AS I said when reviewing the same play at the Swan in Yeovil earlier this year, Stepping Out is one of those plucky British tales where ordinary people with very real lives have to all work together to achieve a common goal. It is one of the earliest examples, written well before The Full Monty, Brassed Off and Calendar Girls, in 1984, and it shows little sign of aging, as we will always relate to the human stories of the women (and one man) in the weekly dance class at the local church hall as they learn their routines for the big local variety show.
This is a big production, chock full of actors that people will know from TV and West End experience, and it is on a short tour of the South before taking up residence at the Vaudeville Theatre on London’s Strand in March next year. Having seen what I would consider to be a definitive production in Yeovil, with actors who had nothing to prove apart from their skill at portraying completely believable characters, this new cast of people that I have been watching on TV for many years were going to have to be quite something to even meet my expectations. I know how well Amanda Holden and Tamzin Outhwaite can dance because I’ve seen them star in Thoroughly Modern Millie and Sweet Charity respectively. I know how well Angela Griffin, Tracy-Ann Oberman and Nicola Stephenson can act, from roles in major continuing dramas, from Brookside to Casualty, Doctor Who, Eastenders and Emmerdale, and the rest of the cast all have good pedigrees in theatre and television. What I needed to see this evening, however, was that same vulnerability and sensitivity that I had seen before, and which the play needs to make it work on every level.
I was not disappointed. Every member of this ensemble takes us on their emotional journey with a depth of character that should make each of them very proud. The famous names mix with other experienced actors to reignite the familiar spark and maintain the warmth that makes us want them to succeed. The spirit of this show is what pulls us in and keeps us glued to seats, hoping that we will all arrive at a happy conclusion together. Despite her prowess in past shows, Outhwaite is every inch the wounded, failed professional who now runs the class each week, with a real sensitivity in the latter scenes. Oberman has just the right level of supposed past knowledge as the only experienced dancer in the group, Holden is probably the most famous cast member, and therefore the right person to play snobbish control freak Vera, just one level of class above all the rest. Stephenson is delightfully, yet still believably, dopey as Dorothy, Griffin a very real down-at-heel but lady-of-the-world Louise, and Dominic Rowan is so wonderfully understated as shy, but lovely, Geoffrey compared with his Henry VIII at the Globe. Rose Keegan, whose distinguished journalist father John lived at Kilmington, is wonderful as the shy but smouldering Andy, and special mention must go to Judith Barker, another recognisable face from television, as the indomitable pianist Mrs Fraser, although it is a shame that she does not play the piano live – surely this could be achieved, on such an otherwise accurate and naturalistic set? Sandra Marvin as Rose and Jessica-Alice McClusky as Lynne are the other two dancers, each with the same realism, truth and attention to detail that shines through the production.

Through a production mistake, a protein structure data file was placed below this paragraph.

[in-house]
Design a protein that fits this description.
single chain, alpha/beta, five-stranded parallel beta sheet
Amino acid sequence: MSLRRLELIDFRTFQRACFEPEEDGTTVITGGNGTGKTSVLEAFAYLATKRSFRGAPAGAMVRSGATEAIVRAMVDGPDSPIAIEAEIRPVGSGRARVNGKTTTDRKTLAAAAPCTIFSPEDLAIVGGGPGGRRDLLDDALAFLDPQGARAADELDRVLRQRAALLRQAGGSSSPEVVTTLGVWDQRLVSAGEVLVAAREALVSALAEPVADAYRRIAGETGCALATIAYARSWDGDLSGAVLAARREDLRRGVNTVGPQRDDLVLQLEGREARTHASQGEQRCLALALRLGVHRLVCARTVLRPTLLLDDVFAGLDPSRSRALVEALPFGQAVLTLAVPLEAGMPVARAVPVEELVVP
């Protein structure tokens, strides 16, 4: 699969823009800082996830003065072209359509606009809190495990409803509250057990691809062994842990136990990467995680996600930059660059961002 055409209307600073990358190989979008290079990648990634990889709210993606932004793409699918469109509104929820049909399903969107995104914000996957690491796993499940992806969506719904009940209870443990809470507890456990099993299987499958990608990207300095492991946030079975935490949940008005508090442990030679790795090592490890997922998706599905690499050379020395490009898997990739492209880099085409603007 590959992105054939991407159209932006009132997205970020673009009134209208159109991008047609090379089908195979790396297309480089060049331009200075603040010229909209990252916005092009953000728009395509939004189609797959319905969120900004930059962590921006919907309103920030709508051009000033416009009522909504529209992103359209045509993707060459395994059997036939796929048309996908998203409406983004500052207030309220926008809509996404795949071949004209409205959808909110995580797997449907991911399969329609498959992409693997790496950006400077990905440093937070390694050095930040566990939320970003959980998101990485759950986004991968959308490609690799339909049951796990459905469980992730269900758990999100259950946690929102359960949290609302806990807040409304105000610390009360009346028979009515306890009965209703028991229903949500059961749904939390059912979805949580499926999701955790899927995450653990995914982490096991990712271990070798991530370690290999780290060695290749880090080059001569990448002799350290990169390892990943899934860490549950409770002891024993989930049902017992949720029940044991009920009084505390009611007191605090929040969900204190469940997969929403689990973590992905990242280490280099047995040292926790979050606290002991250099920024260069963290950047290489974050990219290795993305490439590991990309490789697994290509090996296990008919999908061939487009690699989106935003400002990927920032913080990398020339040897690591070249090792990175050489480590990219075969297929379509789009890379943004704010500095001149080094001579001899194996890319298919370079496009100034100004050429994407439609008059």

Director Maria Friedman, despite her auspicious stage and recording career, particularly her interpretation of Sondheim, will probably be known to most of the audience as Linda’s mum in Eastenders or even from Casualty, but she brings all of that varied experience to this production, keeping the underlying spirit true and honest, ensuring that we feel what the individual characters feel. She has clearly given tight and precise direction to the cast, ensuring their characters are believable, and we all seem to leave the theatre genuinely happy at the end of the play. I was ready to be disappointed in this production after my experience in Yeovil, but I was pleasantly delighted with it, taking nothing away from the wonderful actors at The Swan, of course. If you enjoy popular theatre, and like to see people you know from the telly live on stage proving they can act, this is for you.